from Memoirs of Queen Charlotte
by WC Oulton (1819)
George III was born on 4 June 1738, the eldest son of Frederick, Prince of Wales, and Augusta of Saxe-Gotha. He became heir to the throne on 20 March 1751 on the death of his father, and became King on 25 October 1760 on the death of his grandfather, George II. He was crowned in Westminster Abbey on 22 September 1761.
Unlike his Hanoverian predecessors, he was born and raised in England. He was a conscientious ruler who worked hard to govern the country by constitutional means, and managed to have good working relationships with most of his prime ministers.
On 8 September 1761, shortly before his coronation, George married Charlotte of Mecklenburg-Strelitz, having met her only a few hours before the ceremony. Despite this, it was a successful marriage, producing fifteen children including two future monarchs, George IV and William IV.
from Memoirs of Queen Charlotte
by WC Oulton(1819)
The royal Princesses had a very severe upbringing. They had very little to do apart from waiting on their parents. With the passing of the Royal Marriage Act in 1772, all descendants of King George II below the age of 25 years were required to seek the king’s consent for the marriage to be legal. As the king strongly opposed marriage to Roman Catholics or persons of lesser ranks, this limited the choice of potential spouses so severely that the royal Princesses were deprived of forming happy marriages.
George took a keen interest in agriculture and put new farming methods into practise on his farms at Richmond and Windsor with very profitable results. He also visited many farms and had numerous conversations with his subjects about farming which gained him the nickname “Farmer George.” His ability to speak to ordinary people gained him much popularity and respect.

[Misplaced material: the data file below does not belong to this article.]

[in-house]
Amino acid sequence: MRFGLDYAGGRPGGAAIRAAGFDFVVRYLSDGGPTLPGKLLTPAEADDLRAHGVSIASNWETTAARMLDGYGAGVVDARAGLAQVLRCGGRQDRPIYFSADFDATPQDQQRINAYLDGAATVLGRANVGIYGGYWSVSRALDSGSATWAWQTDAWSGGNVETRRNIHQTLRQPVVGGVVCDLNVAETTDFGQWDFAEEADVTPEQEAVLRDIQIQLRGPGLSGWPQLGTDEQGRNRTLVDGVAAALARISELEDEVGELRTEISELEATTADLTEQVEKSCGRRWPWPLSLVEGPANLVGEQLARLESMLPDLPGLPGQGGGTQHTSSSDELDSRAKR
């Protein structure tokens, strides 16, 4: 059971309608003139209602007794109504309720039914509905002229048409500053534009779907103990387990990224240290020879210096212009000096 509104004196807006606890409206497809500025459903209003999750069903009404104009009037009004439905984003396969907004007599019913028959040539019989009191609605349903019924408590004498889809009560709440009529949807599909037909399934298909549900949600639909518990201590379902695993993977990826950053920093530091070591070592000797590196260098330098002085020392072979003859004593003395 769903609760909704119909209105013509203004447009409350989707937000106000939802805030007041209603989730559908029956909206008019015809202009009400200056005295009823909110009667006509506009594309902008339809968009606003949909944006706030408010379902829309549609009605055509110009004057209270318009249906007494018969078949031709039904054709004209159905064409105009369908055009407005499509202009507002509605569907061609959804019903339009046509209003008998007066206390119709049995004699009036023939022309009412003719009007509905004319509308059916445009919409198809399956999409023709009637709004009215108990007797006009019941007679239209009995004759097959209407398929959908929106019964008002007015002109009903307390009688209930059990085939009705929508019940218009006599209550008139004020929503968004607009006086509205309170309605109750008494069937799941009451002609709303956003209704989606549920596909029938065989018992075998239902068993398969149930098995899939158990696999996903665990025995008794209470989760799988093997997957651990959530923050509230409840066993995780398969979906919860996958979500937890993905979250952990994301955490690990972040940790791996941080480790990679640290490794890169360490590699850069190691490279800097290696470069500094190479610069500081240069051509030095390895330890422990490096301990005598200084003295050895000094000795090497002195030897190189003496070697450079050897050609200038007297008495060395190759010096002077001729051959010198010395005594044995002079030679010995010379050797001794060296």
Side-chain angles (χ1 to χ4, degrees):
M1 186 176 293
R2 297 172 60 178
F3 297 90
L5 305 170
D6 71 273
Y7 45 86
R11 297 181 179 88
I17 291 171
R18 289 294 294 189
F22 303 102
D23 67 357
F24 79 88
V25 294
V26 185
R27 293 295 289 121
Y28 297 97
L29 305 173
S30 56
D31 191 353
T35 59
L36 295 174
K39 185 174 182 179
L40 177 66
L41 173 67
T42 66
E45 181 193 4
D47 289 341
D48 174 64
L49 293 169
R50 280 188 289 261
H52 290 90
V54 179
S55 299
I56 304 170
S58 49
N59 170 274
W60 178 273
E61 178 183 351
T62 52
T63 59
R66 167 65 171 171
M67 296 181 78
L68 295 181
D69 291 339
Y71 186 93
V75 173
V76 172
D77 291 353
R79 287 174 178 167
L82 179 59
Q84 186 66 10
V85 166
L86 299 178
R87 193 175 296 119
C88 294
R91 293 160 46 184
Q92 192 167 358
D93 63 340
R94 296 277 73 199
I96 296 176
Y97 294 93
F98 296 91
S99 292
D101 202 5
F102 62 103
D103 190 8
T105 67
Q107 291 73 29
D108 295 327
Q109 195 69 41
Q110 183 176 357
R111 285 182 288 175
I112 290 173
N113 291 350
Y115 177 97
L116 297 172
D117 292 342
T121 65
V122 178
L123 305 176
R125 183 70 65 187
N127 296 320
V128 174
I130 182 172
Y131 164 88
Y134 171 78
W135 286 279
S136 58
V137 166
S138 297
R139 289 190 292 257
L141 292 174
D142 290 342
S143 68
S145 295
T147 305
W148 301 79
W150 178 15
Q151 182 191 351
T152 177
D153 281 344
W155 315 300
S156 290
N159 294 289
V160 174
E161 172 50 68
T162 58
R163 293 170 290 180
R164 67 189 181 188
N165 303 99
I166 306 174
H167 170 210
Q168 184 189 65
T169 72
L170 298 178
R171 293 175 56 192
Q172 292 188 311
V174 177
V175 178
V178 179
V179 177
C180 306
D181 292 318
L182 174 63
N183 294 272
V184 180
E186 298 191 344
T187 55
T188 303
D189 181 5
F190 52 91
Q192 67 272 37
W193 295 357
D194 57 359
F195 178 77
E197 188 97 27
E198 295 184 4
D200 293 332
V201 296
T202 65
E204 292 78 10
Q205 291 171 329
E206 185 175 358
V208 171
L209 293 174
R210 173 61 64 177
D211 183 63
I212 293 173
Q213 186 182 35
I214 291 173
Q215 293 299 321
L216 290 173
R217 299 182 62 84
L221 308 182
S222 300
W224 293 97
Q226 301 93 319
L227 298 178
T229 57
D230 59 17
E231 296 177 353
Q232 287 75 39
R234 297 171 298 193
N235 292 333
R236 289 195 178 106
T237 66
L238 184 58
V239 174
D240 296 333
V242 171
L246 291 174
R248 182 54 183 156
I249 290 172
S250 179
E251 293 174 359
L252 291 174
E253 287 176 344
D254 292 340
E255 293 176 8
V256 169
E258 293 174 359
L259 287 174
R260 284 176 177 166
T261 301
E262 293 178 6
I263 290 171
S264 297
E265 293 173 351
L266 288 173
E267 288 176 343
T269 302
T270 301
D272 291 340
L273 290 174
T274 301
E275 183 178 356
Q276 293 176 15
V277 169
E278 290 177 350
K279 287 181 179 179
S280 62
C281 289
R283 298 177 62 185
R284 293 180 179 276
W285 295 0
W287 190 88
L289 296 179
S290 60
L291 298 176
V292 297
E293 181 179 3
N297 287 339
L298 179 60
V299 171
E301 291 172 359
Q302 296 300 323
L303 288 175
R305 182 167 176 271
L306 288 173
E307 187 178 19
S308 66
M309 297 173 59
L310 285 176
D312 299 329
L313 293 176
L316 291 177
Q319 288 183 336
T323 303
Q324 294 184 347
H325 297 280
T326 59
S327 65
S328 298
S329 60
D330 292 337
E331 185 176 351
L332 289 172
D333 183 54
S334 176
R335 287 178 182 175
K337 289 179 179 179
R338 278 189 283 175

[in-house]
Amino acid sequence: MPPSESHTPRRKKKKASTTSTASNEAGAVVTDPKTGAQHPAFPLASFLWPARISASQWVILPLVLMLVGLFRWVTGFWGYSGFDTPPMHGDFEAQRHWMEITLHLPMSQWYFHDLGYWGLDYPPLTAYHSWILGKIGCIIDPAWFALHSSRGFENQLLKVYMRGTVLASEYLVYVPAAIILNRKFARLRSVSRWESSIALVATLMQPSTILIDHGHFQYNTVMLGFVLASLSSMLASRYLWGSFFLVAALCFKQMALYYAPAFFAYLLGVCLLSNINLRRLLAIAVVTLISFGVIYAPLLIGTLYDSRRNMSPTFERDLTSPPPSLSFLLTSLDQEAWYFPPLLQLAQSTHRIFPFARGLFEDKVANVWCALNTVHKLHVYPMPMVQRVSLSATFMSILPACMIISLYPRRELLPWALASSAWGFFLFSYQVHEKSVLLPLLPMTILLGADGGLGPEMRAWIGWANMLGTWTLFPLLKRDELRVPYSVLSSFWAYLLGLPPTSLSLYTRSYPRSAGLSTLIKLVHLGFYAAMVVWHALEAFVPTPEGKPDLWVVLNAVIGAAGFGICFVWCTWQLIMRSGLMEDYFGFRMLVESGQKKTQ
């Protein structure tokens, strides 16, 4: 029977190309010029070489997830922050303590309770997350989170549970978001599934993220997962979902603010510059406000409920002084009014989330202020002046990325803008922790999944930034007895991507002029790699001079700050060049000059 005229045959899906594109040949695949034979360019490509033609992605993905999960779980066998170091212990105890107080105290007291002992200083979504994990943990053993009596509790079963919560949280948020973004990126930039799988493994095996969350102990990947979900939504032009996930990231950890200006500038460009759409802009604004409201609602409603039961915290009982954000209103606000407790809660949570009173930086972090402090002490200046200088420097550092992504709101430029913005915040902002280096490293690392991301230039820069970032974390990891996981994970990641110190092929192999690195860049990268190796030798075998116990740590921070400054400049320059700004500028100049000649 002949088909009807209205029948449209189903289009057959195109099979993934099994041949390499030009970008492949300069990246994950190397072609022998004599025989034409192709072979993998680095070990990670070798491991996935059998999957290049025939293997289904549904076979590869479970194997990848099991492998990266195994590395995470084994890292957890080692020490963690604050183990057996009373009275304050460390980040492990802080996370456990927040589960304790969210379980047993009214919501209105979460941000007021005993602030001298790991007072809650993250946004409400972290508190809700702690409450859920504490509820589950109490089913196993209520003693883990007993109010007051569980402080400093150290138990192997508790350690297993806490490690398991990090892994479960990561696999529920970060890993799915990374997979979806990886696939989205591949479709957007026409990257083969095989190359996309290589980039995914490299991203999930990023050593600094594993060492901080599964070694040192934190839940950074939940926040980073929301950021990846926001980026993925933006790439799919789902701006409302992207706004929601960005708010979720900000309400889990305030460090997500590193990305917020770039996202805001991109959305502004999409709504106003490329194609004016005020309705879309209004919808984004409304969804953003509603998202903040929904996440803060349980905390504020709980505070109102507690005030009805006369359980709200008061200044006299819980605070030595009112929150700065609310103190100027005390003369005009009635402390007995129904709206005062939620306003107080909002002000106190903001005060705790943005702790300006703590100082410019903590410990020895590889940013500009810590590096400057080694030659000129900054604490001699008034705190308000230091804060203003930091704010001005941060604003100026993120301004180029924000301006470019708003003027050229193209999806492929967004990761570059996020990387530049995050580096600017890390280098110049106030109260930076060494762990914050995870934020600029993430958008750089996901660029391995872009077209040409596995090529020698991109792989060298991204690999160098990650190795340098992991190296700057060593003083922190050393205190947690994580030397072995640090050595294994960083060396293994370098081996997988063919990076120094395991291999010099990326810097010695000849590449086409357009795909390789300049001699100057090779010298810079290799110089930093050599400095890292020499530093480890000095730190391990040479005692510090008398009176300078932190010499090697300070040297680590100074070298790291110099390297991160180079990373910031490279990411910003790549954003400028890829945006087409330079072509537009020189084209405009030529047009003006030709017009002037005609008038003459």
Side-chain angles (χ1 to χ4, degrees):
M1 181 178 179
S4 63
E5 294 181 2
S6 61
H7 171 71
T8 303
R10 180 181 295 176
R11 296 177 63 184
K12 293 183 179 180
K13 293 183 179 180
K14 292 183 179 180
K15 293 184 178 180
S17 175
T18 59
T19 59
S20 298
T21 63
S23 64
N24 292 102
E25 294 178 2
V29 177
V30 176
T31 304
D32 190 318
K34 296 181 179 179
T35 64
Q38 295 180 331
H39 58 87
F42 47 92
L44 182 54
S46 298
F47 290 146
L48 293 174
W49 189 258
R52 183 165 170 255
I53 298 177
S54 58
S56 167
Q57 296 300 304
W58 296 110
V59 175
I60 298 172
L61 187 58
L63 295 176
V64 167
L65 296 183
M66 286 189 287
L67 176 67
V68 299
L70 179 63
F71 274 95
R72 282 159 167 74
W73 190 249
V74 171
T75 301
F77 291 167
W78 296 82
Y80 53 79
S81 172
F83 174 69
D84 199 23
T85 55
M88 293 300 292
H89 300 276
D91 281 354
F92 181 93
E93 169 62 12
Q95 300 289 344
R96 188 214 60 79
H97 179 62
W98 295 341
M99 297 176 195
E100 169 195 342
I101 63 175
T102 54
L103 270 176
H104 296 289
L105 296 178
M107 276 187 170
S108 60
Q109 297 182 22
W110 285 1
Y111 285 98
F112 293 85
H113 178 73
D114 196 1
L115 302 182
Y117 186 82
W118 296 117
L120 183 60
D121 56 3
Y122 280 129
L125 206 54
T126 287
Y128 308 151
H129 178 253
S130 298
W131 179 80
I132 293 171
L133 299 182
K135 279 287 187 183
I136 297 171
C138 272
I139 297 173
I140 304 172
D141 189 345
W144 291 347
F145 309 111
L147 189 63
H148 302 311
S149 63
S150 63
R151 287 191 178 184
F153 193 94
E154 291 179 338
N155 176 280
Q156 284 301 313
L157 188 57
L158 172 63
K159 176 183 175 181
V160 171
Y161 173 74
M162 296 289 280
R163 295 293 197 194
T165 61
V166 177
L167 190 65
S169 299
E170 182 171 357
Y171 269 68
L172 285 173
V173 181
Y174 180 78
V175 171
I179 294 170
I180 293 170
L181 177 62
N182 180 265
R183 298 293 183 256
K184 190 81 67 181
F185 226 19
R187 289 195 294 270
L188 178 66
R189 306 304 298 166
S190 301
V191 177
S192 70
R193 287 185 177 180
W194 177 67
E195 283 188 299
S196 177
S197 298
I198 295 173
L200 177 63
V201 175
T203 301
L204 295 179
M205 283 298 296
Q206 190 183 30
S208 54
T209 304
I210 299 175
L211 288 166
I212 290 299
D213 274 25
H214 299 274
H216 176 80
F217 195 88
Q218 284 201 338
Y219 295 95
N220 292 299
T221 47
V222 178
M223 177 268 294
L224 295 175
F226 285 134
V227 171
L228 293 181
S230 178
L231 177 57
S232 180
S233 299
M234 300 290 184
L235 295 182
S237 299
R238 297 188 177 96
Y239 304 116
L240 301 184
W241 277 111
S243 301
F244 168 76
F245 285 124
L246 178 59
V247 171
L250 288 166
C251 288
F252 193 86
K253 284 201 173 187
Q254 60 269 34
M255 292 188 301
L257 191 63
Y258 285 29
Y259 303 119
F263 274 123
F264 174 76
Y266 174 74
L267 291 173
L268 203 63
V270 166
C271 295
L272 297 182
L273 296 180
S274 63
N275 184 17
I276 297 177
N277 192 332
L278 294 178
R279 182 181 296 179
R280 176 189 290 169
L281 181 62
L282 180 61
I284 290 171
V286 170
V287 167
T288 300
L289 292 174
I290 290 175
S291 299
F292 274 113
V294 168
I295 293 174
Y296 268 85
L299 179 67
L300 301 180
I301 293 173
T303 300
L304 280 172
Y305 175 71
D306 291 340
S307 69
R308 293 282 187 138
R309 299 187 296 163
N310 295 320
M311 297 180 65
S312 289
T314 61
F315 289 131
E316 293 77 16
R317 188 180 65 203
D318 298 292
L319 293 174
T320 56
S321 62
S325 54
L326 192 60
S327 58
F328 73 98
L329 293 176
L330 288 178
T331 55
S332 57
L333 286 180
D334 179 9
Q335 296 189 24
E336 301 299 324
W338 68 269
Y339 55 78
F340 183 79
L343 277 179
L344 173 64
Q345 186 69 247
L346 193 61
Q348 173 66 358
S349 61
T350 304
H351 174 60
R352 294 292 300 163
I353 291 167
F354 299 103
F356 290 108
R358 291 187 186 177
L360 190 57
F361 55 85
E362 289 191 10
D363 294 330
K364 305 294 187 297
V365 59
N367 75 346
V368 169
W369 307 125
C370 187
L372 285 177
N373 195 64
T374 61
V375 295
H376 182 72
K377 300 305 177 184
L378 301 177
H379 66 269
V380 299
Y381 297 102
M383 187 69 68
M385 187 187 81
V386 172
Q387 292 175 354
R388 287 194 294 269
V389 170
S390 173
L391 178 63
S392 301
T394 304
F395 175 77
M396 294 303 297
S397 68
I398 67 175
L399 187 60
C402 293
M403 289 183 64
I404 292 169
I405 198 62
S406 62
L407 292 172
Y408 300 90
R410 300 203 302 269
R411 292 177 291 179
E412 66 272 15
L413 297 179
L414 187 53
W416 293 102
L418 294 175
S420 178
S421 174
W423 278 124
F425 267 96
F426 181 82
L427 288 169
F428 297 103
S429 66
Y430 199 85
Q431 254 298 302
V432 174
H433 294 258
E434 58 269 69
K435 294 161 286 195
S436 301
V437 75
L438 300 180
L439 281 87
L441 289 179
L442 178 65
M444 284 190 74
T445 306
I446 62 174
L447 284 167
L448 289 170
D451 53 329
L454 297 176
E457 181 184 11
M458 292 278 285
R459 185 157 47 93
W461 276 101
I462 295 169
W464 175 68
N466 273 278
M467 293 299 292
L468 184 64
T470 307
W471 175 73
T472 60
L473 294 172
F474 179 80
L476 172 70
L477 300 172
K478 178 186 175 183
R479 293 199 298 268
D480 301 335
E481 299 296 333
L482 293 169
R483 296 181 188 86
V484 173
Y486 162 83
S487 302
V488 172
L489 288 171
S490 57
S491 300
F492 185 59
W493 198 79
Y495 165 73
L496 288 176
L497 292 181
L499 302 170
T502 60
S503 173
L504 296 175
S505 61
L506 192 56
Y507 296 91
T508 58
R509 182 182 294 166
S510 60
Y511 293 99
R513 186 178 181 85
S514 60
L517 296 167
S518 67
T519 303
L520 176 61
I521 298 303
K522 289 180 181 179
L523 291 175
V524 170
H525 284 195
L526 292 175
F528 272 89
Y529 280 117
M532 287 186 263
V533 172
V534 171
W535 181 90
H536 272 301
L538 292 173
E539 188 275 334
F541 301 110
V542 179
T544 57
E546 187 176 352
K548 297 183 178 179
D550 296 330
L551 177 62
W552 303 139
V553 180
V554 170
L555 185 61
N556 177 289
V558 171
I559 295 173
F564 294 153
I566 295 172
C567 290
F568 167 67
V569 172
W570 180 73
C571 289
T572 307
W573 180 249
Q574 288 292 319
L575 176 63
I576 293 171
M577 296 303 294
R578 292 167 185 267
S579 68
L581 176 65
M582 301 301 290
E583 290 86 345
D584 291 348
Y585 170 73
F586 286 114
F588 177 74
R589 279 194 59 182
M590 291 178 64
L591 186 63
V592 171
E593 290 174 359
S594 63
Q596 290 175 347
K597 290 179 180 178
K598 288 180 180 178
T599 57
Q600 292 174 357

“Mad King George”
From 1788, George’s health deteriorated and he was subject to incapacitating fits which gave the appearance of insanity. This is now believed to have been caused by a hereditary physical illness known as porphyria, whose victims experience delirium and delusions which can give the appearance of madness. He suffered from bouts in 1788, 1801 and 1804 but after periods of recuperation, he was able to resume his rule. However, after another attack in 1810-11, he relapsed into a condition of permanent derangement and blindness and was forced to make his son, George, Prince Regent, to rule in his stead.
|Commemorative statue of George III|
During these periods of recuperation following his bouts of insanity, George III spent many happy months in the seaside town of Weymouth in Dorset. He visited the town in 1789 and then almost every year from 1791 to 1805. A bathing machine was purchased for the king’s use, he enjoyed the theatre and cruises and he pursued his passion for agriculture. A statue on the promenade commemorates this royal association.
George III never recovered his sanity and died at Windsor Castle on 29 January 1820, aged 81 years of age.
Sources used include:
Chedzoy, Alan, Seaside Sovereign - King George III at Weymouth, (2003)
Fry, Plantagenet Somerset, The Kings & Queens of England & Scotland, (1990)
Oulton, Walley Chamberlain, Authentic and Impartial Memoirs of Her Late Majesty Charlotte, Queen of Great Britain and Ireland (1819, London)
Watson, J. Steven, Oxford History of England: The Reign of George III 1760-1815, (1960)
All photographs by Andrew Knowles - www.flickr.com/photos/dragontomato